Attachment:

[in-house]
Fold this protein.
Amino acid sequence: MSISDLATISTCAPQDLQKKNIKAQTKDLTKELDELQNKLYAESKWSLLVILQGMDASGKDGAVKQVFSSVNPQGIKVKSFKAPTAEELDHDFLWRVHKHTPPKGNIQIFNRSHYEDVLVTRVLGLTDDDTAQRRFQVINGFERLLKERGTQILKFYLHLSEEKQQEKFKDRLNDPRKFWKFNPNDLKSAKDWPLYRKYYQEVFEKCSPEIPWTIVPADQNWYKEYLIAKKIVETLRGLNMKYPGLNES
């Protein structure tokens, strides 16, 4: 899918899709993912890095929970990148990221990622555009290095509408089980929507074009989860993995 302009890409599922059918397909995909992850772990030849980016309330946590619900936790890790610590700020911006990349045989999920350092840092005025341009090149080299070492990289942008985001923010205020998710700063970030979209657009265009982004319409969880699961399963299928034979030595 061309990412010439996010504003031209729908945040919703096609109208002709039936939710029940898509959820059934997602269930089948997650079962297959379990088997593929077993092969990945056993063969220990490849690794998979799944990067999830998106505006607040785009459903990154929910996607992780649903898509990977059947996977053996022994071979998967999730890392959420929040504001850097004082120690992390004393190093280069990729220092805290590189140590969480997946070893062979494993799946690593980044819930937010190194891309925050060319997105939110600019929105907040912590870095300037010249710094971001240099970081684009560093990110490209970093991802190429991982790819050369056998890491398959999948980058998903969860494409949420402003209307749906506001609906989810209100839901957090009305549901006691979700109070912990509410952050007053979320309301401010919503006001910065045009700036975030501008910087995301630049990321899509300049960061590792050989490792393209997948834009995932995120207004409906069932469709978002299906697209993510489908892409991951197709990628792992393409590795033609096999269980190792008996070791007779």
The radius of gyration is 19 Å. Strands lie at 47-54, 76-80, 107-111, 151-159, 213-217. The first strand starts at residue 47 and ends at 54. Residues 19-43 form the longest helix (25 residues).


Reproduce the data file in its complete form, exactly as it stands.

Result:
[in-house]
Fold this protein.
Amino acid sequence: MSISDLATISTCAPQDLQKKNIKAQTKDLTKELDELQNKLYAESKWSLLVILQGMDASGKDGAVKQVFSSVNPQGIKVKSFKAPTAEELDHDFLWRVHKHTPPKGNIQIFNRSHYEDVLVTRVLGLTDDDTAQRRFQVINGFERLLKERGTQILKFYLHLSEEKQQEKFKDRLNDPRKFWKFNPNDLKSAKDWPLYRKYYQEVFEKCSPEIPWTIVPADQNWYKEYLIAKKIVETLRGLNMKYPGLNES
């Protein structure tokens, strides 16, 4: 899918899709993912890095929970990148990221990622555009290095509408089980929507074009989860993995 302009890409599922059918397909995909992850772990030849980016309330946590619900936790890790610590700020911006990349045989999920350092840092005025341009090149080299070492990289942008985001923010205020998710700063970030979209657009265009982004319409969880699961399963299928034979030595 061309990412010439996010504003031209729908945040919703096609109208002709039936939710029940898509959820059934997602269930089948997650079962297959379990088997593929077993092969990945056993063969220990490849690794998979799944990067999830998106505006607040785009459903990154929910996607992780649903898509990977059947996977053996022994071979998967999730890392959420929040504001850097004082120690992390004393190093280069990729220092805290590189140590969480997946070893062979494993799946690593980044819930937010190194891309925050060319997105939110600019929105907040912590870095300037010249710094971001240099970081684009560093990110490209970093991802190429991982790819050369056998890491398959999948980058998903969860494409949420402003209307749906506001609906989810209100839901957090009305549901006691979700109070912990509410952050007053979320309301401010919503006001910065045009700036975030501008910087995301630049990321899509300049960061590792050989490792393209997948834009995932995120207004409906069932469709978002299906697209993510489908892409991951197709990628792992393409590795033609096999269980190792008996070791007779």
The radius of gyration is 19 Å. Strands lie at 47-54, 76-80, 107-111, 151-159, 213-217. The first strand starts at residue 47 and ends at 54. Residues 19-43 form the longest helix (25 residues).